it's a great life, if you don't weaken (matociquala) wrote,
it's a great life, if you don't weaken

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i could be replaced by any bright spark

Great Roy Orbison reference on the radio just now about--T. Bone Burnett on Studio 360 (who has a fabulous voice) quoting Orbison talking about "dragging his legend around."

Ain't it the truth? One of the weirdest things about telling stories for a living is seeing what people make of me from what I write, and how much of it is projection, assumption, or just plain invention. Becoming an auctorial construct in some ways is becoming a fictional character.

Right now, I'm dragging this damned book around. Or rather, I'm trying not to drag it around, which is harder. I am very very aware of my deadline (April) and the fact that it's got to be close to finished when I hand it in, given what else I have to do this year. We can't do a from-scratch rewrite without toplling the whole fragile scheduling edifice.)

So, because I hate deadlines and like to dispense with them by as wide a margin as possible, I feel like at two and a half months out, I should be finishing up my first or second draft of this thing. And instead, I'm a little more than halfway done. (I have 221 pages of what will eventually be a novel of around 400 pages in length.) Which is doable--it really is. I should be able to finish this thing inFebruary, at least draftwise, if I can get my head around it.

The problem all along has been getting my head around it. Getting the novel to come together in a shape in my head, so I'm writing it from knowledge rather than conjecture, as it were.

I kind of feel like that's starting to happen. It's coming together; it's developing intention and integrity and drive. But all of that stuff has to happen in the back of my brain, which can be encouraged but will not be chivvied along. Telling stories takes time. Like making bread--you can knead it (you must knead it) and it requires attention and work--but there are also long periods of time where all you can do is keep the drafts off and give it the opportunity to work. Some stuff happens at its own pace, or it doesn't happen at all.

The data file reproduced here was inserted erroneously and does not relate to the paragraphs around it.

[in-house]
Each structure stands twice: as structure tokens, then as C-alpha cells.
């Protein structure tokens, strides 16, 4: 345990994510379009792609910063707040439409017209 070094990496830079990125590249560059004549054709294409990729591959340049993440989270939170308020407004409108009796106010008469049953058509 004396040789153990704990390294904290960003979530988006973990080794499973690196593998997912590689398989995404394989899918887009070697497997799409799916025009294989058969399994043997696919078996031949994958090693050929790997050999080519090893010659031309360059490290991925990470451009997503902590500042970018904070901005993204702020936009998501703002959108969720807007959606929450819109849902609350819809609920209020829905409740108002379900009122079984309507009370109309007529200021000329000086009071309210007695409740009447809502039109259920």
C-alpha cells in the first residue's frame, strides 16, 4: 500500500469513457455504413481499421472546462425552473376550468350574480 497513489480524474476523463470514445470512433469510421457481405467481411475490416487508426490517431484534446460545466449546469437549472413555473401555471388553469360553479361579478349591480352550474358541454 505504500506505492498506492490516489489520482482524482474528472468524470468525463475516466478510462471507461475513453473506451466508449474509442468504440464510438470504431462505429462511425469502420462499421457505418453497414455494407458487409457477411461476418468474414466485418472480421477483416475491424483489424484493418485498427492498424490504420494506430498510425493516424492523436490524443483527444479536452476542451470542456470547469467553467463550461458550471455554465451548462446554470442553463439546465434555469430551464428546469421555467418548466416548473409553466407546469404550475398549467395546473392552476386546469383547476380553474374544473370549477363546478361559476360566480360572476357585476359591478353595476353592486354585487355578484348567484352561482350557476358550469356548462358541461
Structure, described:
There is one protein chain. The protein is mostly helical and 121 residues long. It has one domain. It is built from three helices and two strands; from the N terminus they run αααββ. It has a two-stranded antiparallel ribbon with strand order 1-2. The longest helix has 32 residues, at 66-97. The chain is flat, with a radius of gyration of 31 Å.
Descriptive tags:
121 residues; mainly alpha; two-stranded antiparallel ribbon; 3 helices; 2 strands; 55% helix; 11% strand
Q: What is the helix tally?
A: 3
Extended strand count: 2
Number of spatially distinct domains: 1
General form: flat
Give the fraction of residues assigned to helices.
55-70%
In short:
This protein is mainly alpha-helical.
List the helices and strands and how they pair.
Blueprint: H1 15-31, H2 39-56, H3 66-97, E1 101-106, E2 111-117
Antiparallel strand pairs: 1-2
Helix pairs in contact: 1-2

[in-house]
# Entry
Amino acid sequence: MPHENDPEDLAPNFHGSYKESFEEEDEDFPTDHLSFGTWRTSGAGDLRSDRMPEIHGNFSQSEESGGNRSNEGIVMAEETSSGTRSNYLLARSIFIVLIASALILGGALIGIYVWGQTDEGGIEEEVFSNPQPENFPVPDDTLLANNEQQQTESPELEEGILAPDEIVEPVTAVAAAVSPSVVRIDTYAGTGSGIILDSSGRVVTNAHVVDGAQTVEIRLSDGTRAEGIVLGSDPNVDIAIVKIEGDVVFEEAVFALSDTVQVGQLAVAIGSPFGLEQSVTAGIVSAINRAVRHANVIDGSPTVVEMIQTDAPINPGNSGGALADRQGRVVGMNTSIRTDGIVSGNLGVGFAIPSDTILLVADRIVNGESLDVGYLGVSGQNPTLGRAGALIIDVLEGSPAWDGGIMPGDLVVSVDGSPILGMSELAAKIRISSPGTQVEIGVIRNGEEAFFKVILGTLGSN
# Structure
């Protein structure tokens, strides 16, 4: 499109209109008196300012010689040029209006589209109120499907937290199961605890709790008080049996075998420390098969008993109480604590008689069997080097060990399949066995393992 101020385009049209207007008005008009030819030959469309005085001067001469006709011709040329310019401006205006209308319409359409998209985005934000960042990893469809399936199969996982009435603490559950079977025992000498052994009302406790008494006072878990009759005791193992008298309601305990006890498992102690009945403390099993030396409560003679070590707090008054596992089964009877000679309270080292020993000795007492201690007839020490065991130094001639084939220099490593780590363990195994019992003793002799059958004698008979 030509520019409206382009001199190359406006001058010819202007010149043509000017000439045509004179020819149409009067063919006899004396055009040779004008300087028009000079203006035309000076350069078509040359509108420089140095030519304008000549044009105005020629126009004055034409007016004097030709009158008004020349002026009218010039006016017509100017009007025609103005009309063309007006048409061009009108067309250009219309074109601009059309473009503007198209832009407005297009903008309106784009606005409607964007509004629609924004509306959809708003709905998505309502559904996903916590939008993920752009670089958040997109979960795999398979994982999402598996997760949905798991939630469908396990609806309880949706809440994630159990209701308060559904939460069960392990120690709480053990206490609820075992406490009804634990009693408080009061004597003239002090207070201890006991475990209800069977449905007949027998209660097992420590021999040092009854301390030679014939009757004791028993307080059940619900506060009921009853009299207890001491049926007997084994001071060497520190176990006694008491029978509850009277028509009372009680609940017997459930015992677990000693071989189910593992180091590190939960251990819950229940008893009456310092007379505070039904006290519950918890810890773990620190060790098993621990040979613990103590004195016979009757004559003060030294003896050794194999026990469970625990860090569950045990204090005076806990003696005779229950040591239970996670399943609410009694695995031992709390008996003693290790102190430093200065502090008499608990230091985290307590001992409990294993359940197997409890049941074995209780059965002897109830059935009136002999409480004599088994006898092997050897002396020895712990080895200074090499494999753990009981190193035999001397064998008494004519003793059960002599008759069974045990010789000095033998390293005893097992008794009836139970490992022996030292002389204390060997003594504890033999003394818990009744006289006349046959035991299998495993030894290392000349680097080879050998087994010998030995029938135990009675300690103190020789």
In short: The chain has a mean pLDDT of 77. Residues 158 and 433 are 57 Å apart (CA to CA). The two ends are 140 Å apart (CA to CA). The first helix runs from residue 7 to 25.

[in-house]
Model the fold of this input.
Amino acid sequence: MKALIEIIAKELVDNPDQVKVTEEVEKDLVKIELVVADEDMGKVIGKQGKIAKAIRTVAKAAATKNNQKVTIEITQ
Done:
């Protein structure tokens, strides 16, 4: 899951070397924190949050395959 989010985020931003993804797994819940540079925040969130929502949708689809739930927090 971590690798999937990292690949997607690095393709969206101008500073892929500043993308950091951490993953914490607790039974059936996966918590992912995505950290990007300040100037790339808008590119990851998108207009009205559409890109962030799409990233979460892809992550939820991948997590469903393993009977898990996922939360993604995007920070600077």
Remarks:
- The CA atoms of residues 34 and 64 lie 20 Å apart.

It interests me that what I have written is actually probabl more like two-thirds of the book, structure wise, because I've realized there's an entire plot thread I'll have to go back and work in, and I'm going to have to figure out how to get some foreshadowing in here so major plot developments do not appear to come out of nowhere. Foreshadowing is a literary tactic we use to replace the fact that in the real world, there are often little hints of what's going on that our conscious minds don't concern themselves with, but the rest of us pick up.

(Some part of your brain kind of knows that your spouse is thinking of asking for a divorce, even before it happens. Some part of you suspects you are sick before the diagnosis comes back.) In literature, we have to put in those clues, and we have to do it subtly and with a sure hand so we don't give the game away, but so the reader isn't left thinking "You totally cheated!"

So really, I have 180 pages to write. I have to build the structure that'll hold the book up. And it seems I have to wait until that structure has completed itself in my head, because if I try to push it, I'll just be right back where I am now.

I am growing the bookloff; I just need a little faith here.

And now I will go read the new Robin Hobb, which I am supposed to be reviewing, and go back to ignoring my manuscript like a cat ignoring a mousehole.

I was just listening to Russell Peters interviewed on NPR, which was an interesting experience, and it left me thinking (again) about identity politics and constructions of race in some of the same uncomfortable useful ways that Wanda Sykes does. It's interesting to see the influence of Richard Pryor so strongly in comedians around my age.

It's a funny, chewy, prickly interview, which will probably be available on the Weekend Edition Saturday page in a couple of hours.

Comedians, man.
Tags: jacob's ladder

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